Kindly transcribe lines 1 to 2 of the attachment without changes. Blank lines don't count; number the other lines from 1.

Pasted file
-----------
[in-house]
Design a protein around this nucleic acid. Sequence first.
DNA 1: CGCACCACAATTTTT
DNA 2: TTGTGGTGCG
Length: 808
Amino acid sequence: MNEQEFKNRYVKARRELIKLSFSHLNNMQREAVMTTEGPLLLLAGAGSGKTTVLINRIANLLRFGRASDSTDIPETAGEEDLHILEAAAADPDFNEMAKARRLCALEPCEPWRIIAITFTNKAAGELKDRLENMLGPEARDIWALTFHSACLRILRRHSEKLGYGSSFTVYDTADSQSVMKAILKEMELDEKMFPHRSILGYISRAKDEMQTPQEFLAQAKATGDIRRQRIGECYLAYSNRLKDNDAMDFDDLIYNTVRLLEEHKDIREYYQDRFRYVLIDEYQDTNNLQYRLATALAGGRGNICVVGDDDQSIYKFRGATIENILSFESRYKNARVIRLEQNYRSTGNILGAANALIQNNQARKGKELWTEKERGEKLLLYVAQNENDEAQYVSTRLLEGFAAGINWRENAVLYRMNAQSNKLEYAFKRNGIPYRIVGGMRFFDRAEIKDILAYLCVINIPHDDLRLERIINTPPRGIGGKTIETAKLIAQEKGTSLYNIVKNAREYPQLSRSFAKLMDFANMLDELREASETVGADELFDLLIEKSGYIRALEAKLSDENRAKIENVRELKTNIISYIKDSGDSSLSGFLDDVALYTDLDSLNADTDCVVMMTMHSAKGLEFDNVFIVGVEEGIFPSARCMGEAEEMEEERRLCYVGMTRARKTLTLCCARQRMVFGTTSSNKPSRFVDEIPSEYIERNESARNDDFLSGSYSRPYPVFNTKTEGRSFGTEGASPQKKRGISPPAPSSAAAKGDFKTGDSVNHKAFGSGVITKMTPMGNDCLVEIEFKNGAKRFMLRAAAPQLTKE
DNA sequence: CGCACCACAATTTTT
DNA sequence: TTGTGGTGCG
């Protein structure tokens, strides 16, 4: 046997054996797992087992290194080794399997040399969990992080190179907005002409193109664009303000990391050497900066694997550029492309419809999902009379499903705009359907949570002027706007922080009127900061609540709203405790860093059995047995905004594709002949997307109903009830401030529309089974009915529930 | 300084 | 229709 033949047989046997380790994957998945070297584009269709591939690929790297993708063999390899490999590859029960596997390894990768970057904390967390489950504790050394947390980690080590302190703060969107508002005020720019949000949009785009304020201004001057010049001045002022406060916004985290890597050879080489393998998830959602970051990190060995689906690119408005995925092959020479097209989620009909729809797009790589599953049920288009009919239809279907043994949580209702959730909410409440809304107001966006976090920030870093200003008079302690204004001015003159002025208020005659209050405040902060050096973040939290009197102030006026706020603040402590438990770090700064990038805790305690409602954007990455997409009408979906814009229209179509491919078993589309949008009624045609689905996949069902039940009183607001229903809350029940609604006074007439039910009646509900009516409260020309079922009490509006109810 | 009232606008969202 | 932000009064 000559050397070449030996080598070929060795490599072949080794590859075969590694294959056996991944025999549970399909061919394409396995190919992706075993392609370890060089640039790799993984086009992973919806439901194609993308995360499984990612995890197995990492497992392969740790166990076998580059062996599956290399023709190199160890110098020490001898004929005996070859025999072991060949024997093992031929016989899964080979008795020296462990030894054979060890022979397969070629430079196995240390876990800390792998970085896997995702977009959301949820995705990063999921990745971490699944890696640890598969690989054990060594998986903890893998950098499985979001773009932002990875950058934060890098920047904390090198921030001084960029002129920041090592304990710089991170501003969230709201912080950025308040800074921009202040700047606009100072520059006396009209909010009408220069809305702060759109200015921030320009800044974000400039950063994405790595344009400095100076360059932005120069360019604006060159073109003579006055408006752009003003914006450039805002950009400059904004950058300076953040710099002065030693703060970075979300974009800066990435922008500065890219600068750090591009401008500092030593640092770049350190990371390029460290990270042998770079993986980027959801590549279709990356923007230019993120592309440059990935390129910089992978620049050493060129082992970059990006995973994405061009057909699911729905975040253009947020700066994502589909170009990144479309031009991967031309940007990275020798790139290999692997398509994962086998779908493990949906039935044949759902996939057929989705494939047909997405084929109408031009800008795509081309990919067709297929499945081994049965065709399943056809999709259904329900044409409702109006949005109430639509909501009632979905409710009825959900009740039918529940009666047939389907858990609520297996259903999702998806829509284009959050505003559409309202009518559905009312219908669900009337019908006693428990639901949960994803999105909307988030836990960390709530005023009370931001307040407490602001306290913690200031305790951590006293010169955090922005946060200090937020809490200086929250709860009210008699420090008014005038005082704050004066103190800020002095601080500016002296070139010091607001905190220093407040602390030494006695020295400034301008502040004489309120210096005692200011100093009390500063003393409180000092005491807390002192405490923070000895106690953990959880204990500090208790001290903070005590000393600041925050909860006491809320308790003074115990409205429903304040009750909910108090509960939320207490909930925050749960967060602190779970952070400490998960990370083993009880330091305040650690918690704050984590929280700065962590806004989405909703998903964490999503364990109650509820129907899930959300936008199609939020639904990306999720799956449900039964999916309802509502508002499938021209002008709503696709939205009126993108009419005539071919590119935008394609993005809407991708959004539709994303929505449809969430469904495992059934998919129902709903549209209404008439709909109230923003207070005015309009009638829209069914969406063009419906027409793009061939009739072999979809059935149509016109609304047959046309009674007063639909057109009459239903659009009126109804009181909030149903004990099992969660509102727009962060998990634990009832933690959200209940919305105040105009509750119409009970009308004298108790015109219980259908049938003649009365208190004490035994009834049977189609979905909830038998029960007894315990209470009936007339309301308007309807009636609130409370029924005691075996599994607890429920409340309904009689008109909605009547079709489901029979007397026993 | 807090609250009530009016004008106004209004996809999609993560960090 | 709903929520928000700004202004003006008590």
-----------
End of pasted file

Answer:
[in-house]
Design a protein around this nucleic acid. Sequence first.